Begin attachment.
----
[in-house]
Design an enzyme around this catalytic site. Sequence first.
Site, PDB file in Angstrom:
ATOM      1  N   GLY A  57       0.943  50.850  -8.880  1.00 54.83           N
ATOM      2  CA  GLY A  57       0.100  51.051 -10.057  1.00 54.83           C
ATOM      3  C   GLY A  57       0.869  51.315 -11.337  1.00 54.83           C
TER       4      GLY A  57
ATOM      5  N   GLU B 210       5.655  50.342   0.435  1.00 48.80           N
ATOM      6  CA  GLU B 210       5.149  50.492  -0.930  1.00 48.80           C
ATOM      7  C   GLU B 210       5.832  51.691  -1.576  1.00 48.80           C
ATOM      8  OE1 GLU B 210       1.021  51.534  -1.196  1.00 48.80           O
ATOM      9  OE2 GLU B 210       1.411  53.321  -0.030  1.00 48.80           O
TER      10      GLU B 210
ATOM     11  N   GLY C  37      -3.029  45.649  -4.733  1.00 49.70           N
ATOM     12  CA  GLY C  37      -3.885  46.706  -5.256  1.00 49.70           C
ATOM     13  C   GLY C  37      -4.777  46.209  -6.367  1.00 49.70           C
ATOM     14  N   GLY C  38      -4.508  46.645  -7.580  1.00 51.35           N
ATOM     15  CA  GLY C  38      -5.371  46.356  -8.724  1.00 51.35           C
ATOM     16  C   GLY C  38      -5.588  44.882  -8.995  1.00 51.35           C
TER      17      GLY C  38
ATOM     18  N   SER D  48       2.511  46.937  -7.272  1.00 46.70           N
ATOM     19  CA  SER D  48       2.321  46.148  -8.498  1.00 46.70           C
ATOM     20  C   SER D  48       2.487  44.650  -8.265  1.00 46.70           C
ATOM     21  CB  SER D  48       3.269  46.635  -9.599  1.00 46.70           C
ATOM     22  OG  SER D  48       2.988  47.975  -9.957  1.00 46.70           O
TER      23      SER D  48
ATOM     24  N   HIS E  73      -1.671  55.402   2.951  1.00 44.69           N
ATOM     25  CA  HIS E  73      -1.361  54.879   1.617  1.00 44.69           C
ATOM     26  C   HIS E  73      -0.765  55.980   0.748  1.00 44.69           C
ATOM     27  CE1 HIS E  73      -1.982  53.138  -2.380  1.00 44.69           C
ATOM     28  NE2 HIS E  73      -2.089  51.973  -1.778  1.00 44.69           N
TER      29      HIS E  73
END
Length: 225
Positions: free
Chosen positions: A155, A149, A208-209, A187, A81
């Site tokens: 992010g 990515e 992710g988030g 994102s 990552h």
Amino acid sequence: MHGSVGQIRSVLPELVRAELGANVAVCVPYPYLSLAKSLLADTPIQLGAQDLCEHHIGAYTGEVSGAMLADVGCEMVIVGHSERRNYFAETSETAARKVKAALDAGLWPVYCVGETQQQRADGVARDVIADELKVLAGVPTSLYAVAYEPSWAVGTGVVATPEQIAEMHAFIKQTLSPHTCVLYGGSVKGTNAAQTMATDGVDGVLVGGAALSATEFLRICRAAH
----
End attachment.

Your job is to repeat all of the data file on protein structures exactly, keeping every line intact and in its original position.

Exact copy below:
[in-house]
Design an enzyme around this catalytic site. Sequence first.
Site, PDB file in Angstrom:
ATOM      1  N   GLY A  57       0.943  50.850  -8.880  1.00 54.83           N
ATOM      2  CA  GLY A  57       0.100  51.051 -10.057  1.00 54.83           C
ATOM      3  C   GLY A  57       0.869  51.315 -11.337  1.00 54.83           C
TER       4      GLY A  57
ATOM      5  N   GLU B 210       5.655  50.342   0.435  1.00 48.80           N
ATOM      6  CA  GLU B 210       5.149  50.492  -0.930  1.00 48.80           C
ATOM      7  C   GLU B 210       5.832  51.691  -1.576  1.00 48.80           C
ATOM      8  OE1 GLU B 210       1.021  51.534  -1.196  1.00 48.80           O
ATOM      9  OE2 GLU B 210       1.411  53.321  -0.030  1.00 48.80           O
TER      10      GLU B 210
ATOM     11  N   GLY C  37      -3.029  45.649  -4.733  1.00 49.70           N
ATOM     12  CA  GLY C  37      -3.885  46.706  -5.256  1.00 49.70           C
ATOM     13  C   GLY C  37      -4.777  46.209  -6.367  1.00 49.70           C
ATOM     14  N   GLY C  38      -4.508  46.645  -7.580  1.00 51.35           N
ATOM     15  CA  GLY C  38      -5.371  46.356  -8.724  1.00 51.35           C
ATOM     16  C   GLY C  38      -5.588  44.882  -8.995  1.00 51.35           C
TER      17      GLY C  38
ATOM     18  N   SER D  48       2.511  46.937  -7.272  1.00 46.70           N
ATOM     19  CA  SER D  48       2.321  46.148  -8.498  1.00 46.70           C
ATOM     20  C   SER D  48       2.487  44.650  -8.265  1.00 46.70           C
ATOM     21  CB  SER D  48       3.269  46.635  -9.599  1.00 46.70           C
ATOM     22  OG  SER D  48       2.988  47.975  -9.957  1.00 46.70           O
TER      23      SER D  48
ATOM     24  N   HIS E  73      -1.671  55.402   2.951  1.00 44.69           N
ATOM     25  CA  HIS E  73      -1.361  54.879   1.617  1.00 44.69           C
ATOM     26  C   HIS E  73      -0.765  55.980   0.748  1.00 44.69           C
ATOM     27  CE1 HIS E  73      -1.982  53.138  -2.380  1.00 44.69           C
ATOM     28  NE2 HIS E  73      -2.089  51.973  -1.778  1.00 44.69           N
TER      29      HIS E  73
END
Length: 225
Positions: free
Chosen positions: A155, A149, A208-209, A187, A81
């Site tokens: 992010g 990515e 992710g988030g 994102s 990552h």
Amino acid sequence: MHGSVGQIRSVLPELVRAELGANVAVCVPYPYLSLAKSLLADTPIQLGAQDLCEHHIGAYTGEVSGAMLADVGCEMVIVGHSERRNYFAETSETAARKVKAALDAGLWPVYCVGETQQQRADGVARDVIADELKVLAGVPTSLYAVAYEPSWAVGTGVVATPEQIAEMHAFIKQTLSPHTCVLYGGSVKGTNAAQTMATDGVDGVLVGGAALSATEFLRICRAAH